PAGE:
So here’s the infinitive form correctly used in context:

Vale a pena fazermos tudo isso? — Is it worth it for us to do all of this?

And here’s the future subjunctive with the same verb:

Quando fizermos tudo isso, estaremos em Recife. — When we do all of this, we’ll be in Recife.

The personal infinitive forms are easier than the future subjunctive, so some Brazilians do “incorrectly” replace the future subjunctive with the personal infinitive in speech, depending sometimes on context.

But overall, Brazilians generally do use the correct form of the future subjunctive in speech, so it really is worth it for learners to do so too, taking on the whole above process from the preterite third-person plural stem.

Quando isn’t the only word that can suggest our hypothetical futures. Let’s look at some more triggers for the future subjunctive:

Logo que Paula Lima me conhecer, vai querer se casar comigo. — As soon as Paula Lima meets me, she’ll want to marry me.

Sempre que elas começarem a dançar, o público vai gritar. — Whenever they start to dance, the audience will scream.

Qualquer coisa que ela quiser, vou dar. — Anything that she wants, I’ll give her.

In some cases, either the personal infinitive or the future subjunctive gets used in speech. The subjunctive here tends to sound more formal and hypothetical and the personal infinitive is more popular in spoken Portuguese.

Future subjunctive: Se ele vier, vamos festejar. — If he comes, we’ll party.

Spoken, lazier version of the same: Se ele vir, vamos festejar.

With the word para (for), you should really use the personal infinitive and not the future subjunctive:

Para vir essa noite, ele precisa de um carro. — To come tonight, he needs a car.

Danço só para ela me ver. — I dance just for her to see me.

 

portuguese subjunctive

That’s enough of an overview for now, but we certainly haven’t covered every possible use and permutation of the subjunctive. For more, check out the textbooks “A Grammar of Spoken Brazilian Portuguese” (a learning guide focused on the spoken language) and “Modern Brazilian Portuguese Grammar” (more of a reference work).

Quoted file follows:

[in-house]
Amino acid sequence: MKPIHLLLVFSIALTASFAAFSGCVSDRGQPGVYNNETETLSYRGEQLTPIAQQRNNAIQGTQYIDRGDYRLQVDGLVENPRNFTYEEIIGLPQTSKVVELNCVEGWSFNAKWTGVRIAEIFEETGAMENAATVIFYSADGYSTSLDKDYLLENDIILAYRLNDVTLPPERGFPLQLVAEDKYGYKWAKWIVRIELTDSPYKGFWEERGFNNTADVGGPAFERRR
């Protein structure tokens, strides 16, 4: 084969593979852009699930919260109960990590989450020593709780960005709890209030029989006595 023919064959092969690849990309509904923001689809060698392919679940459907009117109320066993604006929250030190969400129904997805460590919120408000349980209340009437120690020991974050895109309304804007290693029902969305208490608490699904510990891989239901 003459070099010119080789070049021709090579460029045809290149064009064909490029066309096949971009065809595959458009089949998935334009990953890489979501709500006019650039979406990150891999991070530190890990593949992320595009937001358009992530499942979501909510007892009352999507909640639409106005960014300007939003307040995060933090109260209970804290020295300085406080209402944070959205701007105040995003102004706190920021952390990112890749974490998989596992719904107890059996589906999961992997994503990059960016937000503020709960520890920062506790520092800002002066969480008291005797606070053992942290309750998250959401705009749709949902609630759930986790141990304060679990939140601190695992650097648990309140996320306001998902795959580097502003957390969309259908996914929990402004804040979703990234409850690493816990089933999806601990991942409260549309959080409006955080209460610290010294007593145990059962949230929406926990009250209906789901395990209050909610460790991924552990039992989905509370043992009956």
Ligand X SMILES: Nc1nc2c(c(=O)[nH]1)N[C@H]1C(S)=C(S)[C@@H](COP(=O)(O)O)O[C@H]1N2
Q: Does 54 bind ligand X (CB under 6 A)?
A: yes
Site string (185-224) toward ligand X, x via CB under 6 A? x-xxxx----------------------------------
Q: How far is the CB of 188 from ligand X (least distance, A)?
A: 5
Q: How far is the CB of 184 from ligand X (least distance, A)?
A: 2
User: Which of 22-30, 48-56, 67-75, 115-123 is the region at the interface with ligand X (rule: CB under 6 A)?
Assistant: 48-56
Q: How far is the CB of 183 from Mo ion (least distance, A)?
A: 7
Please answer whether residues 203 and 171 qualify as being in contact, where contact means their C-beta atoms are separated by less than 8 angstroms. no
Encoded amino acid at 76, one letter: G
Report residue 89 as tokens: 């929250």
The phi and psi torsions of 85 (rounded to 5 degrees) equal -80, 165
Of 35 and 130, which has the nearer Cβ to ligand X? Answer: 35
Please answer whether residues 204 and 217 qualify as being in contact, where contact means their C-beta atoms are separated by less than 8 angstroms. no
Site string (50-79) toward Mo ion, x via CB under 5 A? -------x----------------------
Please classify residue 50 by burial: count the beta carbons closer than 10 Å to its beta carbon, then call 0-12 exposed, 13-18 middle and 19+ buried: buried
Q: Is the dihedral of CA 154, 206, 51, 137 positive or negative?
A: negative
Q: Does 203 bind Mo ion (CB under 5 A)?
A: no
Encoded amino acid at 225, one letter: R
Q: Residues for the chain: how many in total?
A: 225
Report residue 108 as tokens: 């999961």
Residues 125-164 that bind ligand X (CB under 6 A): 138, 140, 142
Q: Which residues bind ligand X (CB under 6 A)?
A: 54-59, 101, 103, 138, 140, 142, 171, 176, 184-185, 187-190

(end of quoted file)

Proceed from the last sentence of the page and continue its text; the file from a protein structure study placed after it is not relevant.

As always, it’s useful to practice the tenses as you learn them with native speakers, and you can do so online.

You might take your cues for what sentences to form from songs, which provide a great way to experience and practice the subjunctive tenses—since these tenses suggest unreality, they’re perfect for the apparently lovelorn dudes that pen most Brazilian pop music.

The forró classic “Só Quero Um Xodó” (“I Just Want a Darling”) is a good example. In the lyrics, the singer wants a sweetheart “que acabe o meu sofrer” (“who ends my suffering”) and “que alegre o meu viver (“who makes my life happy”).

If you recognize the present subjunctive endings on the words acabe and alegre, you know that this is an imagined xodó (darling, sweetheart), not a real one.

Now, can you employ the subjunctive in a similar way? What would your imagined creampuffs or hunky-doos be like, and what would they do? Can you also use the future and past subjunctives to talk about what past xodós should have been like, or what future ones will be like, once you manage to snag them?

And if you already have a perfect life with your perfect xodó(s), you don’t need the fantasy release of the subjunctive mood. But with this guide, you can dream about other things!


Mose Hayward is traveling, alone, with the best backpack for Brazil.